It's National Women's Health Week, an awareness event created by the United States government to promote practices that support a woman's health and well being throughout her lifetime.
As part of this effort, the Womenshealth.gov website has created checklists, fact sheets, and helpful resources to help women lead a healthier life at any age/stage, including during the childbearing years. I spent some time reading through the pre-pregnancy, pregnancy, and postpartum resource pages on the site in order to share with you what I think you'll find most helpful.
According on your age group, Womenshealth.gov provides tailored steps you can take for daily and yearly health, whether you're in your 20s or your 90s. Each age group provides a checklist of things to do. For example, if you're in your 30s, it's important every day to:
- eat healthy
- get 30 minutes of physical activity
- sleep 7-8 hours a day
- take 400-800 mcg folic acid
- learn 6 more daily tips!
Yearly recommendations for women in their 30s include talking to your doctor about family planning, mental health, and family medical history, especially cancer. There are also several suggestions for tests, medicines, and vaccines during this age in your life. Learn more by visiting the general health section for all age groups.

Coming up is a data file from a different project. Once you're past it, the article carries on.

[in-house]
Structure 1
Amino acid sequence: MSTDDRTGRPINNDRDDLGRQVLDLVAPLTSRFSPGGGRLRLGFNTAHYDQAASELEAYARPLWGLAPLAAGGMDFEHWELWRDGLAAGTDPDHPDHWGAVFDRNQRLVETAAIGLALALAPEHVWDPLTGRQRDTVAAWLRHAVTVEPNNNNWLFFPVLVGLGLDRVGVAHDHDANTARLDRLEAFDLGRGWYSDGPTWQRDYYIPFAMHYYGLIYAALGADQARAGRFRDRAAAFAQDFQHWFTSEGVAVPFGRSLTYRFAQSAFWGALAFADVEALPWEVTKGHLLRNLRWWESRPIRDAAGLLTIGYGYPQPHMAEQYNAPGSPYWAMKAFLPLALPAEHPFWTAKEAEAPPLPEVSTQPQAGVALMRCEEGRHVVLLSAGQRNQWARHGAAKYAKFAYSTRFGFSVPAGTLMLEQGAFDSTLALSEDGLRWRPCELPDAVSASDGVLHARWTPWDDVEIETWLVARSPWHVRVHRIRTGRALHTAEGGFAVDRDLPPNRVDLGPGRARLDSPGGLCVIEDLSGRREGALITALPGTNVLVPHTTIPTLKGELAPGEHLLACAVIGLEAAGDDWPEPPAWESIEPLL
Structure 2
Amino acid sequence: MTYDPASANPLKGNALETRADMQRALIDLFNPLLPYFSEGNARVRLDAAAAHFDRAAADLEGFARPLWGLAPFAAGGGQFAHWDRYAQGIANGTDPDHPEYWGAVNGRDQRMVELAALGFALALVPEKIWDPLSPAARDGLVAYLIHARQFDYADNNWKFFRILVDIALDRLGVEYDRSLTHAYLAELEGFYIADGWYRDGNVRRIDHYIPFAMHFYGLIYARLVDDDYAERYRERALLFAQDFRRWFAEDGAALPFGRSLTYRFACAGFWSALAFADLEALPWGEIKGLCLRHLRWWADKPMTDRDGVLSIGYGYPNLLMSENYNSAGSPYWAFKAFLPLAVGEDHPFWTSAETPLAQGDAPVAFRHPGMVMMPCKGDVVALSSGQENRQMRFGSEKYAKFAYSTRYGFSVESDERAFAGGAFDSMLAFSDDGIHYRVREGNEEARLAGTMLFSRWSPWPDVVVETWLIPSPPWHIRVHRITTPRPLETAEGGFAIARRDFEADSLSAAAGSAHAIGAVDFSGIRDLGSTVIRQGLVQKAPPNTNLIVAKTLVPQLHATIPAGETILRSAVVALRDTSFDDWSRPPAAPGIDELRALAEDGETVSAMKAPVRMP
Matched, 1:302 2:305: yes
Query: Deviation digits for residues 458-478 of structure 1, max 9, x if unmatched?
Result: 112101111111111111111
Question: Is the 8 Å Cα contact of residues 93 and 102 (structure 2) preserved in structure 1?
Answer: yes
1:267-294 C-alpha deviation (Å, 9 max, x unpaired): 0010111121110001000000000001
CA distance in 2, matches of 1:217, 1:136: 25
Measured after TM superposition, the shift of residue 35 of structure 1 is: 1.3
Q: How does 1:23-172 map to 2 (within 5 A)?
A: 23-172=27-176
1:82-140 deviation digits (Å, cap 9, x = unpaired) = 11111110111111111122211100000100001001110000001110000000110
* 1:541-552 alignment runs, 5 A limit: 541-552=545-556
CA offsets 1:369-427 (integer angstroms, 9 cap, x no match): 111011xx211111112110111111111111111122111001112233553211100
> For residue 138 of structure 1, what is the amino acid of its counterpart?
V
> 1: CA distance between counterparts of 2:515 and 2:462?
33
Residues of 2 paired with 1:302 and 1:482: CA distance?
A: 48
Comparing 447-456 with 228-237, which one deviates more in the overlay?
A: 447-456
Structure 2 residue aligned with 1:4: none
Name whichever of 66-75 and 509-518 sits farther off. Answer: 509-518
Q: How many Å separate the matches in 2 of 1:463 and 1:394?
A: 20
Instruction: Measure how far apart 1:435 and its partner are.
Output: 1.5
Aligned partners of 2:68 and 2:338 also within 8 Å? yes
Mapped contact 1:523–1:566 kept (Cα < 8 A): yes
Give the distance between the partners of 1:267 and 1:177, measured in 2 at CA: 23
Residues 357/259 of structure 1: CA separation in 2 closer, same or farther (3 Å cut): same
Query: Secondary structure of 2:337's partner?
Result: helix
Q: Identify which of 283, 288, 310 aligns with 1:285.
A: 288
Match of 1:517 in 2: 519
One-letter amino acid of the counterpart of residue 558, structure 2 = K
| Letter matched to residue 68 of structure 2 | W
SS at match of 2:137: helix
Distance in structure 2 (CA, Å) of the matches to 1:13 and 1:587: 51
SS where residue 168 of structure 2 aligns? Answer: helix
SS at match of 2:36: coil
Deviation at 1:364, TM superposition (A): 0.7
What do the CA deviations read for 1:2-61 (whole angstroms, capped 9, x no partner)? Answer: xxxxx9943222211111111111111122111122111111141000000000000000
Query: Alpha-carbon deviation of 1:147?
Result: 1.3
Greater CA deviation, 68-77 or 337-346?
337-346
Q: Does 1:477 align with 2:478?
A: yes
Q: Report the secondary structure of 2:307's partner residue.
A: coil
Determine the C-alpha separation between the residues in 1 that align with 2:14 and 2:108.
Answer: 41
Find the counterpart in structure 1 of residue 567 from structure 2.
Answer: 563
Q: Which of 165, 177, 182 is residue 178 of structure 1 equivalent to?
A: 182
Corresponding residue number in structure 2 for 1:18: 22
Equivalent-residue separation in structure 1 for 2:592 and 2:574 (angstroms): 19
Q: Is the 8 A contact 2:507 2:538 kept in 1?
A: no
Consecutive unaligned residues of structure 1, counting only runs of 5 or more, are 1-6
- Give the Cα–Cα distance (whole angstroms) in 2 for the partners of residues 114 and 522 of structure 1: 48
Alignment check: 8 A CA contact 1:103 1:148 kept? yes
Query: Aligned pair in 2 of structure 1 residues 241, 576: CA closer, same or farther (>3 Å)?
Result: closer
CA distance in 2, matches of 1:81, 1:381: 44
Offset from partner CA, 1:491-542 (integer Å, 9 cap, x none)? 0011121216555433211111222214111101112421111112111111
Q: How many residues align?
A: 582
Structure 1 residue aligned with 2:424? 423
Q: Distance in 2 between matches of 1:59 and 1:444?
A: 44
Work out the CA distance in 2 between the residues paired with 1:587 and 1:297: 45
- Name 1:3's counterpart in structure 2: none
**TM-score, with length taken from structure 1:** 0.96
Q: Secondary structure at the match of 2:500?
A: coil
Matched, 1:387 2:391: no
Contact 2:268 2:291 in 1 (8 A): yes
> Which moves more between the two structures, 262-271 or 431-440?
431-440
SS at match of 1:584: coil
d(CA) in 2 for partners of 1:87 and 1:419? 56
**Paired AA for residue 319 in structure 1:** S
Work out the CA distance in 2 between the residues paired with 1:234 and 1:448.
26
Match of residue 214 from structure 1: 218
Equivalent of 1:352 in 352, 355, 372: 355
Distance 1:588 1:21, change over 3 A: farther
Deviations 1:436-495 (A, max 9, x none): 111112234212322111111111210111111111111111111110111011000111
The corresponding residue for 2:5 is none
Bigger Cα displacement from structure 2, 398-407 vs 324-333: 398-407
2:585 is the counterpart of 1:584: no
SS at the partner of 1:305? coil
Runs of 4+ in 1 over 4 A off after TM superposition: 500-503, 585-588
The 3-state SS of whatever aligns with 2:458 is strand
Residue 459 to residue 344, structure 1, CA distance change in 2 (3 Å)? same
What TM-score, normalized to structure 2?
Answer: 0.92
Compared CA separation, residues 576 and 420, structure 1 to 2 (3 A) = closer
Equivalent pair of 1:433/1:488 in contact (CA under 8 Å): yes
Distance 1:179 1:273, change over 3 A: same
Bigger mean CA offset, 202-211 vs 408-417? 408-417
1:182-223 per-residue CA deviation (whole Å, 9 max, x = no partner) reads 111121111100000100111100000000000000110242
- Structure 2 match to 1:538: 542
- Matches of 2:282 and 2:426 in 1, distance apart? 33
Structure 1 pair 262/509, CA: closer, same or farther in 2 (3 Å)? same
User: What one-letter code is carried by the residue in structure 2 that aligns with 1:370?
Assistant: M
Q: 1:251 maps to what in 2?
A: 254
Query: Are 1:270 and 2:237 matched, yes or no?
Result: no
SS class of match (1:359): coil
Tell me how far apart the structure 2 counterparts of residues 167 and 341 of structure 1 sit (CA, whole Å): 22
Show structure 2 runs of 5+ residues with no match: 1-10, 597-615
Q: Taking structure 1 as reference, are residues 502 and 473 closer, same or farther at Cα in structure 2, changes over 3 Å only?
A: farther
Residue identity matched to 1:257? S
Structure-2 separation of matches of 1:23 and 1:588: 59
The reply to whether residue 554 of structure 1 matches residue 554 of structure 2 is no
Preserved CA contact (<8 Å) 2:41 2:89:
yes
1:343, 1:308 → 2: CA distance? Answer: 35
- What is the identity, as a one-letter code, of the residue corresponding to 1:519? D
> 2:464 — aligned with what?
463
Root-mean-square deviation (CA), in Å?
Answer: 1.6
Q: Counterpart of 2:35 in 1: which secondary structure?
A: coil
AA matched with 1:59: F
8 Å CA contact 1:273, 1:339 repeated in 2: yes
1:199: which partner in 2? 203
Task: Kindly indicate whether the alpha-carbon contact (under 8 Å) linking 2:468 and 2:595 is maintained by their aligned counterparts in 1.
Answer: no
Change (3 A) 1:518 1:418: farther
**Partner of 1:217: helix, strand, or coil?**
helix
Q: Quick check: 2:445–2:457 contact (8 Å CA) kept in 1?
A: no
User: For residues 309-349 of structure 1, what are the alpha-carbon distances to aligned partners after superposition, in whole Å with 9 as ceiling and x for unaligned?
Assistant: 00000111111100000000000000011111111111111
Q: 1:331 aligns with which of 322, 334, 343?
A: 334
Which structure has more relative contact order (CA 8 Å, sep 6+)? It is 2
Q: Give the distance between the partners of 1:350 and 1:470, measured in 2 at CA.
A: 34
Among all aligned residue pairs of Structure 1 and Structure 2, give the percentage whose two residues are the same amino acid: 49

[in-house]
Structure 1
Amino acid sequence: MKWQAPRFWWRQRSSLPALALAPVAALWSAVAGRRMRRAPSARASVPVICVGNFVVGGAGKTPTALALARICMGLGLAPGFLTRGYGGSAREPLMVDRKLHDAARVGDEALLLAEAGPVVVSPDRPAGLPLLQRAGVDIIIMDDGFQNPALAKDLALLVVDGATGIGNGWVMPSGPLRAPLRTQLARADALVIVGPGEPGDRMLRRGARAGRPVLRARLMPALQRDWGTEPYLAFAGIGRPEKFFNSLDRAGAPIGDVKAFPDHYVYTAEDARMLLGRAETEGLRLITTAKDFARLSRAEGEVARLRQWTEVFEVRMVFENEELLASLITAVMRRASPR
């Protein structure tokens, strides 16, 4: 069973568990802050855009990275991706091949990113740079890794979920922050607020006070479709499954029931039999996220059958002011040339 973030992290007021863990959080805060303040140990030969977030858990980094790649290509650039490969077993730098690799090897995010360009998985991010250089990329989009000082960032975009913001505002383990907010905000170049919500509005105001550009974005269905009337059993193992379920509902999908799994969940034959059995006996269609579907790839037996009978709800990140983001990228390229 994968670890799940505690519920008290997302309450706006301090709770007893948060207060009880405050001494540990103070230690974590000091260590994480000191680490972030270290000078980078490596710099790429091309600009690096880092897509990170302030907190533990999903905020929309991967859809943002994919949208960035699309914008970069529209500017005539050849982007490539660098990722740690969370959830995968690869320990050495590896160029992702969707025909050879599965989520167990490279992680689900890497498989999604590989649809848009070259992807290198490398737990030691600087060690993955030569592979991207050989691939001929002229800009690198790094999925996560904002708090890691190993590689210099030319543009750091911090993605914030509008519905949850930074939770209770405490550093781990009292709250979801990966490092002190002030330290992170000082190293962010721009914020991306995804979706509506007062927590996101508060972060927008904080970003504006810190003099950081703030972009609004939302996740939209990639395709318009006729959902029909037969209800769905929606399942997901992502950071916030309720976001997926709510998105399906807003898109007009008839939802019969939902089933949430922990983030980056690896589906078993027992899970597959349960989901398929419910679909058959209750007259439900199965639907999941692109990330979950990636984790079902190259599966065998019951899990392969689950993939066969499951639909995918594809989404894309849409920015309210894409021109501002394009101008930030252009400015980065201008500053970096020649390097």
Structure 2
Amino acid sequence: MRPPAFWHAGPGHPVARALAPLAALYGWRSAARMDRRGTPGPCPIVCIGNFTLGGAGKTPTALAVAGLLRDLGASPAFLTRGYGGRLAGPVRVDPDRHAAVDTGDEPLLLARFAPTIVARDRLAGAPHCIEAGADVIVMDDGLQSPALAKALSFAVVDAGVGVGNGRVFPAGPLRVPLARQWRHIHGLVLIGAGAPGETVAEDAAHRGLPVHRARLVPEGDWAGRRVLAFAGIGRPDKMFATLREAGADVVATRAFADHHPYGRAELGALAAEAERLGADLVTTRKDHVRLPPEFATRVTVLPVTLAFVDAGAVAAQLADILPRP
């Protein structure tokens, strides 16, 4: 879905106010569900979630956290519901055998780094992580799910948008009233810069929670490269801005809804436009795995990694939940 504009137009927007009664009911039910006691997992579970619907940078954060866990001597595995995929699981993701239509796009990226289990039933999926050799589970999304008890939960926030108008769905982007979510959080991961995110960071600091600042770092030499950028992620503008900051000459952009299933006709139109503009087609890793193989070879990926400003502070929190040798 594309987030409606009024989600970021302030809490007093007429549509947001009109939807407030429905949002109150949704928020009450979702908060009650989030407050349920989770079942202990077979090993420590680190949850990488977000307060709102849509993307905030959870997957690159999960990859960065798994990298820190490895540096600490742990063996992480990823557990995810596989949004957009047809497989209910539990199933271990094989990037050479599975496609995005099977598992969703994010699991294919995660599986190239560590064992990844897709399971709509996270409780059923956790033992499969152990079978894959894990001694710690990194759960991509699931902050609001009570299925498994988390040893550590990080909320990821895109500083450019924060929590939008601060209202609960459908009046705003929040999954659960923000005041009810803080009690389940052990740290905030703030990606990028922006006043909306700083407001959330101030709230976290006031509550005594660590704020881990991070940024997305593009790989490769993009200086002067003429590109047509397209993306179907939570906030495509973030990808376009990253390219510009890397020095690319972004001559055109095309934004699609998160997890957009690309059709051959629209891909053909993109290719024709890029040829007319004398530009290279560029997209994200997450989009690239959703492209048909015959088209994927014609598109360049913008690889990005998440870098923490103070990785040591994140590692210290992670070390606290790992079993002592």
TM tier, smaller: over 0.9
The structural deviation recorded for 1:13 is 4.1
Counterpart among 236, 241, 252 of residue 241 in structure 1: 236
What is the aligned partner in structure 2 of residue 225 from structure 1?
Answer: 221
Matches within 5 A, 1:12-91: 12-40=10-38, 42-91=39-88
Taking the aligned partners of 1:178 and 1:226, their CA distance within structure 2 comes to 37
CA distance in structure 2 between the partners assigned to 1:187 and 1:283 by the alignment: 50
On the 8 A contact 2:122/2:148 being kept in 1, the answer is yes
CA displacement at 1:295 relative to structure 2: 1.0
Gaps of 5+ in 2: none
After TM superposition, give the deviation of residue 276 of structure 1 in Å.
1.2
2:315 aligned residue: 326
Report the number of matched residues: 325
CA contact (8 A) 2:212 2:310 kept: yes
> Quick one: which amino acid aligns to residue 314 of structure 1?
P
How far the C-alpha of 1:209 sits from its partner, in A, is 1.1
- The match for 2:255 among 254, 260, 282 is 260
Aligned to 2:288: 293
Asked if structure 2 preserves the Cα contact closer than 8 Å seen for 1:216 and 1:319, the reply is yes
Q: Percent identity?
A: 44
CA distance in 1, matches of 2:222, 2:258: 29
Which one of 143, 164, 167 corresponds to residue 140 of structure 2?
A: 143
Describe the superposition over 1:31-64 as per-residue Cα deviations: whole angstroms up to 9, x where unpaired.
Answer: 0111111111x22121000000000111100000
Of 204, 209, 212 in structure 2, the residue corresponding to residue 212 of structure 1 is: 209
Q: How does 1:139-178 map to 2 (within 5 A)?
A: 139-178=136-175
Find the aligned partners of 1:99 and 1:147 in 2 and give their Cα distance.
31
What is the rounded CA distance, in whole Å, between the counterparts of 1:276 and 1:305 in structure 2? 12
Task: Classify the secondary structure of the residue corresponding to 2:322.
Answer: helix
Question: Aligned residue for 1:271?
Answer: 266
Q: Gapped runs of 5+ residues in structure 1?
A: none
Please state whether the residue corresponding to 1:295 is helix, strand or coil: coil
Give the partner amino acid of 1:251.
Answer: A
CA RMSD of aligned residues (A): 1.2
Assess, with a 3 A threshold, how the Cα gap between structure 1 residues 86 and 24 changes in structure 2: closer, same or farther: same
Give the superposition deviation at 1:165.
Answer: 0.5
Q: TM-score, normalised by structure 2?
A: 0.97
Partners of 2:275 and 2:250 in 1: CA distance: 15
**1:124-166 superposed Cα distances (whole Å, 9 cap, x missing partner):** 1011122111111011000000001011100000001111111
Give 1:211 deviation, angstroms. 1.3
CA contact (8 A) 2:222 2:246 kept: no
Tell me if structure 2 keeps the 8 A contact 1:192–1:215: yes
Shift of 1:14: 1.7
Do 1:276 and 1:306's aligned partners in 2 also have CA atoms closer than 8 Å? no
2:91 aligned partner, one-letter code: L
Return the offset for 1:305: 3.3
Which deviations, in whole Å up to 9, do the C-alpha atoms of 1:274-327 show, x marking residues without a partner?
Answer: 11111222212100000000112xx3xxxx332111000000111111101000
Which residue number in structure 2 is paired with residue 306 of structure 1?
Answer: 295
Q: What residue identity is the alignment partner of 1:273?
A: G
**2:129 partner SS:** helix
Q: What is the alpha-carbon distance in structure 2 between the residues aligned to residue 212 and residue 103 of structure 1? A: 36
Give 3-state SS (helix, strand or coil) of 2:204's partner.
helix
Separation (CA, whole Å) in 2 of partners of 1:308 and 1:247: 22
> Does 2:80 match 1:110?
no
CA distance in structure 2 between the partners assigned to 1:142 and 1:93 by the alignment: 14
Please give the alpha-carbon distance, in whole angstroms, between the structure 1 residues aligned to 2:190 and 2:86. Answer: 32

Pregnancy & Postpartum Health
If you are pregnant, considering pregnancy, or recently had a baby, you'll want to check out the many, easy-to-read through maternity resources that Womenshealth.gov offers. They are divided by four sections: before pregnancy, during pregnancy, new baby prep, and childbirth/early parenthood. Each section is further broken into top-level subsections containing topics all on one page that you can expand and collapse as you read through. There are glossary links for concepts and words that may be unfamiliar.
The great thing about the pregnancy resources at Womenshealth.gov is that you can quickly find the topics most relevant to what you need, and then each subsection is delivered in bite-size action-oriented lists. For example, in "Preconception Health," you learn the five most important ways to boost your health when you're trying to conceive. In "Staying Healthy and Safe" during pregnancy, you can find tips for safe physical activity as well as guidelines on calorie needs, food safety, and caffeine, to name a few.
For infant feeding, there's a separate, in-depth section with several subtopics, dedicated to breastfeeding. Also included is the number and information about the National Breastfeeding Helpline (800-994-9662).
I encourage you to hop over to Womenshealth.gov and take a look at the many resources they have to offer. I found that the information provided is up-to-date and recommends best practices according to evidence and research. With all of the information on pregnancy and birth on the internet, it's hard to weed out the good from the bad, the truths from the half truths (or flat out false) -- you'll appreciate that Womenshealth.gov is reliable, solid resource to help you in your pregnancy and parenthood journey!